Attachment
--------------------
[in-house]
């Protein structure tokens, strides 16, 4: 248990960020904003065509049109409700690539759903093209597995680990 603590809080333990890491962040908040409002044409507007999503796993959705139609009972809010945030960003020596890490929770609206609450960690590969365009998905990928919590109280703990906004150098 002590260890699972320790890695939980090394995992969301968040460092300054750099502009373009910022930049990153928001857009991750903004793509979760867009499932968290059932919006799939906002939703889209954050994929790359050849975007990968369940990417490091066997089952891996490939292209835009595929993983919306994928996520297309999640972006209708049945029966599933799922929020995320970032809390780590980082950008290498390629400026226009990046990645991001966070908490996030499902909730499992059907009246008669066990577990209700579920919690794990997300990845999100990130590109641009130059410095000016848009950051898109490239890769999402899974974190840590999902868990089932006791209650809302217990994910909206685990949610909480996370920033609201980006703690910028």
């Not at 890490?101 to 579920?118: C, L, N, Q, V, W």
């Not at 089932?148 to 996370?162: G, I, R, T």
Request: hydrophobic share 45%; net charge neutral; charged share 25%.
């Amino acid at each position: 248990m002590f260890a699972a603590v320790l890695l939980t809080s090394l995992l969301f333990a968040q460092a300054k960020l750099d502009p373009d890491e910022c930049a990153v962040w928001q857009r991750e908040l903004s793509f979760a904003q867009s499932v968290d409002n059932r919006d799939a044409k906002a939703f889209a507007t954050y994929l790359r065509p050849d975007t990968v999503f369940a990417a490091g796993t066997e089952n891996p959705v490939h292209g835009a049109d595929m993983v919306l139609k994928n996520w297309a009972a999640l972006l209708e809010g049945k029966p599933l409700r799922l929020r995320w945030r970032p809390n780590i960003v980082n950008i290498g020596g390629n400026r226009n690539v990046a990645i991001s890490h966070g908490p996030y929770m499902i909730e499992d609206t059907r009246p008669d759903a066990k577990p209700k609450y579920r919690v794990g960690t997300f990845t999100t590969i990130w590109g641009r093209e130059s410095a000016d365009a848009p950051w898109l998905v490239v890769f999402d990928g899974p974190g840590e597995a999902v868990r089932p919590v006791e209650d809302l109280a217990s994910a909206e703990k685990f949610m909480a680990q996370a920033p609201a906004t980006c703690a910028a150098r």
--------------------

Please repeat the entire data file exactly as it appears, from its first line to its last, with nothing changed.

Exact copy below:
[in-house]
């Protein structure tokens, strides 16, 4: 248990960020904003065509049109409700690539759903093209597995680990 603590809080333990890491962040908040409002044409507007999503796993959705139609009972809010945030960003020596890490929770609206609450960690590969365009998905990928919590109280703990906004150098 002590260890699972320790890695939980090394995992969301968040460092300054750099502009373009910022930049990153928001857009991750903004793509979760867009499932968290059932919006799939906002939703889209954050994929790359050849975007990968369940990417490091066997089952891996490939292209835009595929993983919306994928996520297309999640972006209708049945029966599933799922929020995320970032809390780590980082950008290498390629400026226009990046990645991001966070908490996030499902909730499992059907009246008669066990577990209700579920919690794990997300990845999100990130590109641009130059410095000016848009950051898109490239890769999402899974974190840590999902868990089932006791209650809302217990994910909206685990949610909480996370920033609201980006703690910028």
């Not at 890490?101 to 579920?118: C, L, N, Q, V, W």
């Not at 089932?148 to 996370?162: G, I, R, T």
Request: hydrophobic share 45%; net charge neutral; charged share 25%.
């Amino acid at each position: 248990m002590f260890a699972a603590v320790l890695l939980t809080s090394l995992l969301f333990a968040q460092a300054k960020l750099d502009p373009d890491e910022c930049a990153v962040w928001q857009r991750e908040l903004s793509f979760a904003q867009s499932v968290d409002n059932r919006d799939a044409k906002a939703f889209a507007t954050y994929l790359r065509p050849d975007t990968v999503f369940a990417a490091g796993t066997e089952n891996p959705v490939h292209g835009a049109d595929m993983v919306l139609k994928n996520w297309a009972a999640l972006l209708e809010g049945k029966p599933l409700r799922l929020r995320w945030r970032p809390n780590i960003v980082n950008i290498g020596g390629n400026r226009n690539v990046a990645i991001s890490h966070g908490p996030y929770m499902i909730e499992d609206t059907r009246p008669d759903a066990k577990p209700k609450y579920r919690v794990g960690t997300f990845t999100t590969i990130w590109g641009r093209e130059s410095a000016d365009a848009p950051w898109l998905v490239v890769f999402d990928g899974p974190g840590e597995a999902v868990r089932p919590v006791e209650d809302l109280a217990s994910a909206e703990k685990f949610m909480a680990q996370a920033p609201a906004t980006c703690a910028a150098r």